Washington Post: Senators challenge assisted living industry over wandering deaths, poor care
Erie News Now: Senator Casey chairs hearing on assisted living facilities
Penn Capital-Star: U.S. Senate panel examines quality, costs of assisted living centers
The Hill: Assisted living facilities fall short when caring for aging US population, witnesses tell senators
KFF Health News: Senate probes the cost of assisted living and its burden on American families
McKnight’s Senior Living: Senators ask for federal study of assisted living, seek consumer feedback, ponder oversight
Washington, D.C. – This week, U.S. Senator Bob Casey (D-PA), Chairman of the U.S. Senate Special Committee on Aging, held a hearing on the American assisted living facilities and concerns residents and their families face regarding cost, transparency, and adequacy of care. The hearing, along with letters Chairman Casey sent to three of the largest corporate owners of assisted living facilities and the Government Accountability Office, constitute the most significant congressional review of the American assisted living industry in 20 years.
At the hearing, Casey issued a public call for families to share their experiences navigating the assisted living landscape with the Aging Committee.
Washington Post: The chairman of the Senate Special Committee on Aging, Sen. Bob Casey (D-Pa.), called Thursday’s hearing citing The Post’s reporting. He said deliberations about potential federal regulations would continue and asked the public to send stories of costs and care to help inform the committee. Casey said Thursday’s hearing — which included testimony from an advocate, an industry representative and a loved one who called the committee to report bad care — was the start of the biggest review of assisted living by the Senate in 20 years. “Unfortunately, what I heard today makes clear that we have a long way to go when it comes to guaranteeing the level of care that older Americans in assisted-living facilities deserve,” Casey said in a statement after the hearing.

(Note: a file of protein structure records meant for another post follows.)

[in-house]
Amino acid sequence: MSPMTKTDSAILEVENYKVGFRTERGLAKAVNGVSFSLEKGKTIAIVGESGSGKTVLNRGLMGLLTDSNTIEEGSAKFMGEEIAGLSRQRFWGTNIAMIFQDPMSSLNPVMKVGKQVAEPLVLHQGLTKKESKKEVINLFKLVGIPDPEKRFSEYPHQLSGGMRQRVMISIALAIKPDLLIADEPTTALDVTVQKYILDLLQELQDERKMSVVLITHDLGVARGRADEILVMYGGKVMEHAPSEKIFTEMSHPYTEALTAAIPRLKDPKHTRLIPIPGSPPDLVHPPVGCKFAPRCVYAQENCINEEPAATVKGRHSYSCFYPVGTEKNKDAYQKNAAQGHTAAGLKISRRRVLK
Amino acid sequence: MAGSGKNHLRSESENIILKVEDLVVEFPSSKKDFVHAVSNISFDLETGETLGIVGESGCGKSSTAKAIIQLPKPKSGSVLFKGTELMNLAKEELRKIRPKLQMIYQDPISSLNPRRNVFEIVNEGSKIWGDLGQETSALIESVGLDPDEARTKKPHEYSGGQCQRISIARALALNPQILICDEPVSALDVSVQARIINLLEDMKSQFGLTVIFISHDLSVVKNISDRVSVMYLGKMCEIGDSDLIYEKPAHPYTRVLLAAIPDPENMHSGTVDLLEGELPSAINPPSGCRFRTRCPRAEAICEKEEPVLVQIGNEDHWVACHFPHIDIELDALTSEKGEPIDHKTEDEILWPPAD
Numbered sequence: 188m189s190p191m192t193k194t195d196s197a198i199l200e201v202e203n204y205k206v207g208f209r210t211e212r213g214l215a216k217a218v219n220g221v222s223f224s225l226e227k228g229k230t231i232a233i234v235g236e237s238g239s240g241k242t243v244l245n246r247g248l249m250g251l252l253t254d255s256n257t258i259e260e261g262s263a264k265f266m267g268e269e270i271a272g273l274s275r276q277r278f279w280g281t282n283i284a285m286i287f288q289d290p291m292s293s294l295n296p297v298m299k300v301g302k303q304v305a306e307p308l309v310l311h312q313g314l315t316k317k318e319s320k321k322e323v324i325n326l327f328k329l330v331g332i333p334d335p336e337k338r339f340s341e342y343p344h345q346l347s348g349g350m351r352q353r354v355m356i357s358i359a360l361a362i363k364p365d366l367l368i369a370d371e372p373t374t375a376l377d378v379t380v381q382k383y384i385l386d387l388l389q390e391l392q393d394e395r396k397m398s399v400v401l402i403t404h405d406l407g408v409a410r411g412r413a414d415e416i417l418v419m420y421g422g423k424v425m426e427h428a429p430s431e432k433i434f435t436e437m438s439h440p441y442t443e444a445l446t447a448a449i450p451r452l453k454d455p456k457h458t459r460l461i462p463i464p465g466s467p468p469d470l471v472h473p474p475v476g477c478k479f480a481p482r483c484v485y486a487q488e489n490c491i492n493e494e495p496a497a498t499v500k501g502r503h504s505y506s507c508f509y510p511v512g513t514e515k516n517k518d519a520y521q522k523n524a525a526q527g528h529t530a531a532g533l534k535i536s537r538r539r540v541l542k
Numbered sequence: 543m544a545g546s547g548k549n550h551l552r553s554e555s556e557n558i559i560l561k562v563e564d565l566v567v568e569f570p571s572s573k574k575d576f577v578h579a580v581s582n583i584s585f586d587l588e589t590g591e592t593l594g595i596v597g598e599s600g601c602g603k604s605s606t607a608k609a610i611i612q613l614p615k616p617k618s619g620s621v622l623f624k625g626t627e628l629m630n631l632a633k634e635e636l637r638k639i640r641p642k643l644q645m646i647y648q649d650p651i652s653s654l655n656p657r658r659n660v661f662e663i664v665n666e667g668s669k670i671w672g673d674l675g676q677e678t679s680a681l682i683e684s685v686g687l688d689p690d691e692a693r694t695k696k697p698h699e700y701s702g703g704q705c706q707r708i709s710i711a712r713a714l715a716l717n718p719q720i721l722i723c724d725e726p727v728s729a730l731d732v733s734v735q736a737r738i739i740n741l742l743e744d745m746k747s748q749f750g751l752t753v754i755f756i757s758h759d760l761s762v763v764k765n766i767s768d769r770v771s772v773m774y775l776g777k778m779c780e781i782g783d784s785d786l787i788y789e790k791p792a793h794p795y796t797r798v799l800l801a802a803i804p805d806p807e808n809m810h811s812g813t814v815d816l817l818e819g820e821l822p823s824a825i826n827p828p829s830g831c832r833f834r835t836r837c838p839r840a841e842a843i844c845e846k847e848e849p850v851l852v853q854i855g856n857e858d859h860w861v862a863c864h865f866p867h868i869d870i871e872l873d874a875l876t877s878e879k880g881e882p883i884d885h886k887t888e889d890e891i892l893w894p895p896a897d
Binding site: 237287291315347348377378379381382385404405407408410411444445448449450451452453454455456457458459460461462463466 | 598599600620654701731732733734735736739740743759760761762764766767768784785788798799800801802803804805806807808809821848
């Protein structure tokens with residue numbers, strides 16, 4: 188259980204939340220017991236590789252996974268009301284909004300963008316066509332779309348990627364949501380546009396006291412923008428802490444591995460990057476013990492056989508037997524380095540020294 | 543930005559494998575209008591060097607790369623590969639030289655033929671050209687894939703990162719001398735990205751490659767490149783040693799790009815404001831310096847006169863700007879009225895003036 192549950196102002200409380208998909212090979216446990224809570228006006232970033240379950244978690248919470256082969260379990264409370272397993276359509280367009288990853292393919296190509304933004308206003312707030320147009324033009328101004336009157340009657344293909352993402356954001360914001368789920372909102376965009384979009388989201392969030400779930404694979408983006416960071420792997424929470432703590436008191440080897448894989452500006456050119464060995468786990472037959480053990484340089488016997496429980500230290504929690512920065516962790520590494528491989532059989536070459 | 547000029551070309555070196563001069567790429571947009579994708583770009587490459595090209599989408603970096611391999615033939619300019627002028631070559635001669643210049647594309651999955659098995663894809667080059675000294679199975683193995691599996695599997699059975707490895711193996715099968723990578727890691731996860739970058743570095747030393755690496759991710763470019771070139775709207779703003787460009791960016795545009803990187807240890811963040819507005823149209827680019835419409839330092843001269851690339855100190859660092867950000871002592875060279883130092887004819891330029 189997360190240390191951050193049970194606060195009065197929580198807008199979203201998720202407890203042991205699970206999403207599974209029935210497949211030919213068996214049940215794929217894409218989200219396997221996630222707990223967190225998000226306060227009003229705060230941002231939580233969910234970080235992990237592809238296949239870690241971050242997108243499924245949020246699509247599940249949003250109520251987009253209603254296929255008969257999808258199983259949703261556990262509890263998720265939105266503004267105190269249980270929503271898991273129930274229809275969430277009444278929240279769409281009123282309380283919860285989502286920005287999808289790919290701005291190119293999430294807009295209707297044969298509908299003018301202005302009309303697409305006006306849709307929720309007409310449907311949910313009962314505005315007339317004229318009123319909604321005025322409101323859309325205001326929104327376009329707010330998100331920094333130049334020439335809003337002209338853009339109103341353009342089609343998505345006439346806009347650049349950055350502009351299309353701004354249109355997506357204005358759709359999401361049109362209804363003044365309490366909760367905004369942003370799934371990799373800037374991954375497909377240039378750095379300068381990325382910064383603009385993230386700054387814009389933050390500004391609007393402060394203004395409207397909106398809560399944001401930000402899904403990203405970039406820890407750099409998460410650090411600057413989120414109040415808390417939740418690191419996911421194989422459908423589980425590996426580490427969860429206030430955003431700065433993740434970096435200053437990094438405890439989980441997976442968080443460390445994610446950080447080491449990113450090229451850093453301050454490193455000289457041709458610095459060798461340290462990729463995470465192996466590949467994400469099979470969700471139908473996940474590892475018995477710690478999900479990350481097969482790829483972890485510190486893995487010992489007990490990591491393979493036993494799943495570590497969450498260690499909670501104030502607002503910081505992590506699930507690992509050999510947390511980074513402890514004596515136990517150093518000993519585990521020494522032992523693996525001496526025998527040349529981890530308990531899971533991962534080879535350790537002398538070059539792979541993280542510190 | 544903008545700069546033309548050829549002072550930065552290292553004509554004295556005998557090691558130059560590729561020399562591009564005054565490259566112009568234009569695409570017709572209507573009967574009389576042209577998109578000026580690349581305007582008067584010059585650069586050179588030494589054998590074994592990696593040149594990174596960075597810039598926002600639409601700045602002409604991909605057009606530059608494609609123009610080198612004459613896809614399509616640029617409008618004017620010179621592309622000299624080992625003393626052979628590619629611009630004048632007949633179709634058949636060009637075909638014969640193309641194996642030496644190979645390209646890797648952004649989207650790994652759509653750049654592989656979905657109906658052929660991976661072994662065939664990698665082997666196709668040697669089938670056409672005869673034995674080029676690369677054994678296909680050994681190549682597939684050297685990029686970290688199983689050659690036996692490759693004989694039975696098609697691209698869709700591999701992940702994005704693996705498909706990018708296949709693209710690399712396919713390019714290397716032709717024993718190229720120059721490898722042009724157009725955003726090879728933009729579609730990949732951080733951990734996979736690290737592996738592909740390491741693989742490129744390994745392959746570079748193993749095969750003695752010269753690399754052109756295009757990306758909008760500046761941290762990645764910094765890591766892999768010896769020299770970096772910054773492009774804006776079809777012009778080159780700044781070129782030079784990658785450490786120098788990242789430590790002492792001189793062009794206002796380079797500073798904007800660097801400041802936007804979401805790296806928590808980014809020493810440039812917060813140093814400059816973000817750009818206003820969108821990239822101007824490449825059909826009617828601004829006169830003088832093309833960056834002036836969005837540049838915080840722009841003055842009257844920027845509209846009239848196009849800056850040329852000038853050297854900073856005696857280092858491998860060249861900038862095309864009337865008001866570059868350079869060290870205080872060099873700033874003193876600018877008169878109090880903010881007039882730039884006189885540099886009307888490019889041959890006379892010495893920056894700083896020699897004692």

Penn Capital-Star: Sen. Bob Casey, chair of the Senate Committee on Aging, led a hearing Thursday to highlight the panel’s fact-finding mission. Unlike nursing homes, assisted living care is largely unregulated at the federal level. “It is long past time for Congress to reexamine this model and ensure that it’s meeting our nation’s needs,” the Pennsylvania Democrat said in his opening remarks. Citing a recent survey that found 80% of adults would not be able to afford four years in an assisted living facility, Casey appealed directly to the public to share their experiences. “I want to hear from you about the true cost of assisted living,” Casey said, holding a sign that urged people to submit stories to aging.senate.gov/assistedlivingbills.
Erie News Now: Senator Casey spoke on how estimates for the cost of care is important to learn more about, as it can be unpredictable at assisted living facilities. “The more assistance and care a resident needs, the more they pay," said Casey. “And in some cases residents and families don't know the total cost until they receive their monthly bill.” Casey is asking Pennsylvania families, and all U.S. citizens, to share their monthly assisted living bills at the website here, so the committee has a better picture of the true cost of care.
The Hill: Assisted living facilities are already inadequately prepared for the aging population, witnesses told a Senate panel during a Thursday hearing…Senate Special Committee on Aging Chairman Sen. Bob Casey (D-Pa.) cited a survey from the National Council on Aging that found 80 percent of adults are unable to afford four years in an assisted-living facility.
KFF Health News: Sen. Bob Casey, the Pennsylvania Democrat who chairs the panel, put out a call for residents and their families to submit their bills so the panel could assess the industry’s business practices. “I want to know more about what people are paying for assisted living and to have people tell their stories,” Casey said. “We want to hear from you about the true cost of assisted living and understand whether families have the information — the information that they need — to make this difficult financial and health care decision for a family member and for the family.”
McKnight’s Senior Living: The spotlight on the assisted living industry got a little hotter on Thursday as congressional leaders called for a government study on industry pricing and transparency, announced a website and email address where consumers can share their bills and their experiences interacting with providers, and pondered increased federal involvement…Casey said that the “dramatic” growth of assisted living in recent decades makes it long past time for Congress to re-examine the model to ensure that it is meeting the nation’s needs. The United States, he added, must have the best long-term care system in the world.